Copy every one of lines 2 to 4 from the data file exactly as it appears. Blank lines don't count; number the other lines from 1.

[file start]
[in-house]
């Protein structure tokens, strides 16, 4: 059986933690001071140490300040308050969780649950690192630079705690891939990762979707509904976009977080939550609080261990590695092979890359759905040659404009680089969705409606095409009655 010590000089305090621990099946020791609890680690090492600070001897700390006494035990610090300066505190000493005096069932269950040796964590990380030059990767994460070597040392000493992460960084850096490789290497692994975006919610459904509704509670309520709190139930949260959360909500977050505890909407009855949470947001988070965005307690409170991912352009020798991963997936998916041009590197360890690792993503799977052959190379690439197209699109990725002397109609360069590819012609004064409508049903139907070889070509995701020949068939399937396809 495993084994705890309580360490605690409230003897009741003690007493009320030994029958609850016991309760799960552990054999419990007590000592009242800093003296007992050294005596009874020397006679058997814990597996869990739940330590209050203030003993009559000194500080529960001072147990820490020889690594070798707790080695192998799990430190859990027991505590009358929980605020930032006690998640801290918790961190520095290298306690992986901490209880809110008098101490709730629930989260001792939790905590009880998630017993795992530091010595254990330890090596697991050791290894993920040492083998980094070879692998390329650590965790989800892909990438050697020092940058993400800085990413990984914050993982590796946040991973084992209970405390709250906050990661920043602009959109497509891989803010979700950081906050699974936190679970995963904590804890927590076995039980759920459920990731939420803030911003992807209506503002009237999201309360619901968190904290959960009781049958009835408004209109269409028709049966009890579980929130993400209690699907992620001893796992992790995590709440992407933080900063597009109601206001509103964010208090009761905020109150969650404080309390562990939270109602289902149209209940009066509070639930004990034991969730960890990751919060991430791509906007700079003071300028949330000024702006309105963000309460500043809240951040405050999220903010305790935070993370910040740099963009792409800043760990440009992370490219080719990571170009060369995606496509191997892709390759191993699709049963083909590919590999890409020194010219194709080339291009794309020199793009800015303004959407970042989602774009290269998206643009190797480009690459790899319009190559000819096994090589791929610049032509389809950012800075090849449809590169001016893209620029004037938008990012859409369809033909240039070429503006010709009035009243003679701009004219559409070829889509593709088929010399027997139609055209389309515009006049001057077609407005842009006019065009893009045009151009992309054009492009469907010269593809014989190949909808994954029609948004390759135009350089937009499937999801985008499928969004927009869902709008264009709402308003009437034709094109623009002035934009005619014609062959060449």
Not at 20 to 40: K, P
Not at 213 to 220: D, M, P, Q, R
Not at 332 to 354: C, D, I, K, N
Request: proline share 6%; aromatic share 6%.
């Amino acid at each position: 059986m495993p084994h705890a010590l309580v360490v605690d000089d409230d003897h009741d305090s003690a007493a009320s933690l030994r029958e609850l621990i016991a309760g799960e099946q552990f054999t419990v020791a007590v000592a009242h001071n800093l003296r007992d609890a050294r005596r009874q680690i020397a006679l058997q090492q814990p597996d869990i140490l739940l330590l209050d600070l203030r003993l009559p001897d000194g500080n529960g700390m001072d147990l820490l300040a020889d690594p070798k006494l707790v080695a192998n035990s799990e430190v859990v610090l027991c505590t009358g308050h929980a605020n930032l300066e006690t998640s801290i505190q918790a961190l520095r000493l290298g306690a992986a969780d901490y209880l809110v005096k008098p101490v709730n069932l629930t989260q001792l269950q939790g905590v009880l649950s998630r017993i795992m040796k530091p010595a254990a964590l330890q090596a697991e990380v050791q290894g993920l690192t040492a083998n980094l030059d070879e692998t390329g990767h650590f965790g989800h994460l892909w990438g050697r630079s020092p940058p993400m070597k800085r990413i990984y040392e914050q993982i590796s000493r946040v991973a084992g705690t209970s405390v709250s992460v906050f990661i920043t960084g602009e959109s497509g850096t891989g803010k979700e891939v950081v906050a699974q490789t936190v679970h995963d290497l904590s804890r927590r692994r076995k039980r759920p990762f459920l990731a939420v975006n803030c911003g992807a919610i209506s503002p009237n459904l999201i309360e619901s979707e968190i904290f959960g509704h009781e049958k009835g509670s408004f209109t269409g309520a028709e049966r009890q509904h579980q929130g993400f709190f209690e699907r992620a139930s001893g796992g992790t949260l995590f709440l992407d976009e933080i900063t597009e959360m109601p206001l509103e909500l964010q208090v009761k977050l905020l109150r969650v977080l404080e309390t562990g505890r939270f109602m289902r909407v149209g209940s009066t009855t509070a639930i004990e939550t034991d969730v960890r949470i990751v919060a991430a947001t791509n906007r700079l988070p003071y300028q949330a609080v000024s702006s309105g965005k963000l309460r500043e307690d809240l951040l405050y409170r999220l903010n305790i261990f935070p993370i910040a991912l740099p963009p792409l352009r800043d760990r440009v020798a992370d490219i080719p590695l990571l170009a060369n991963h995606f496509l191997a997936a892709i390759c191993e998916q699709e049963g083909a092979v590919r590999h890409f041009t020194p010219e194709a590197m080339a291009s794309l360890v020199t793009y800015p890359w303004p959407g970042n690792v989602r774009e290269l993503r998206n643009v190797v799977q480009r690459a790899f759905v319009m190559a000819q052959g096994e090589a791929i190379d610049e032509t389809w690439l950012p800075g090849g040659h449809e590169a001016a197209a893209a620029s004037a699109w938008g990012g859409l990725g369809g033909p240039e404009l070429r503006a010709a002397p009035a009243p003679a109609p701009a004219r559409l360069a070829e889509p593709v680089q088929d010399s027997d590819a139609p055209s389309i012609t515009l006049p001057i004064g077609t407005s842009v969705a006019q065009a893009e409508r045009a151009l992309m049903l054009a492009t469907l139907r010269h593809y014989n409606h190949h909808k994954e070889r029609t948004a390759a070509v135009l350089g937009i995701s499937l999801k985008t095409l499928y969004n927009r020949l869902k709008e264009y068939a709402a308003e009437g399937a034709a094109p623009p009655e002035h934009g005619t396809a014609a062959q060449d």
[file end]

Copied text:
């Protein structure tokens, strides 16, 4: 059986933690001071140490300040308050969780649950690192630079705690891939990762979707509904976009977080939550609080261990590695092979890359759905040659404009680089969705409606095409009655 010590000089305090621990099946020791609890680690090492600070001897700390006494035990610090300066505190000493005096069932269950040796964590990380030059990767994460070597040392000493992460960084850096490789290497692994975006919610459904509704509670309520709190139930949260959360909500977050505890909407009855949470947001988070965005307690409170991912352009020798991963997936998916041009590197360890690792993503799977052959190379690439197209699109990725002397109609360069590819012609004064409508049903139907070889070509995701020949068939399937396809 495993084994705890309580360490605690409230003897009741003690007493009320030994029958609850016991309760799960552990054999419990007590000592009242800093003296007992050294005596009874020397006679058997814990597996869990739940330590209050203030003993009559000194500080529960001072147990820490020889690594070798707790080695192998799990430190859990027991505590009358929980605020930032006690998640801290918790961190520095290298306690992986901490209880809110008098101490709730629930989260001792939790905590009880998630017993795992530091010595254990330890090596697991050791290894993920040492083998980094070879692998390329650590965790989800892909990438050697020092940058993400800085990413990984914050993982590796946040991973084992209970405390709250906050990661920043602009959109497509891989803010979700950081906050699974936190679970995963904590804890927590076995039980759920459920990731939420803030911003992807209506503002009237999201309360619901968190904290959960009781049958009835408004209109269409028709049966009890579980929130993400209690699907992620001893796992992790995590709440992407933080900063597009109601206001509103964010208090009761905020109150969650404080309390562990939270109602289902149209209940009066509070639930004990034991969730960890990751919060991430791509906007700079003071300028949330000024702006309105963000309460500043809240951040405050999220903010305790935070993370910040740099963009792409800043760990440009992370490219080719990571170009060369995606496509191997892709390759191993699709049963083909590919590999890409020194010219194709080339291009794309020199793009800015303004959407970042989602774009290269998206643009190797480009690459790899319009190559000819096994090589791929610049032509389809950012800075090849449809590169001016893209620029004037938008990012859409369809033909240039070429503006010709009035009243003679701009004219559409070829889509593709088929010399027997139609055209389309515009006049001057077609407005842009006019065009893009045009151009992309054009492009469907010269593809014989190949909808994954029609948004390759135009350089937009499937999801985008499928969004927009869902709008264009709402308003009437034709094109623009002035934009005619014609062959060449």
Not at 20 to 40: K, P
Not at 213 to 220: D, M, P, Q, R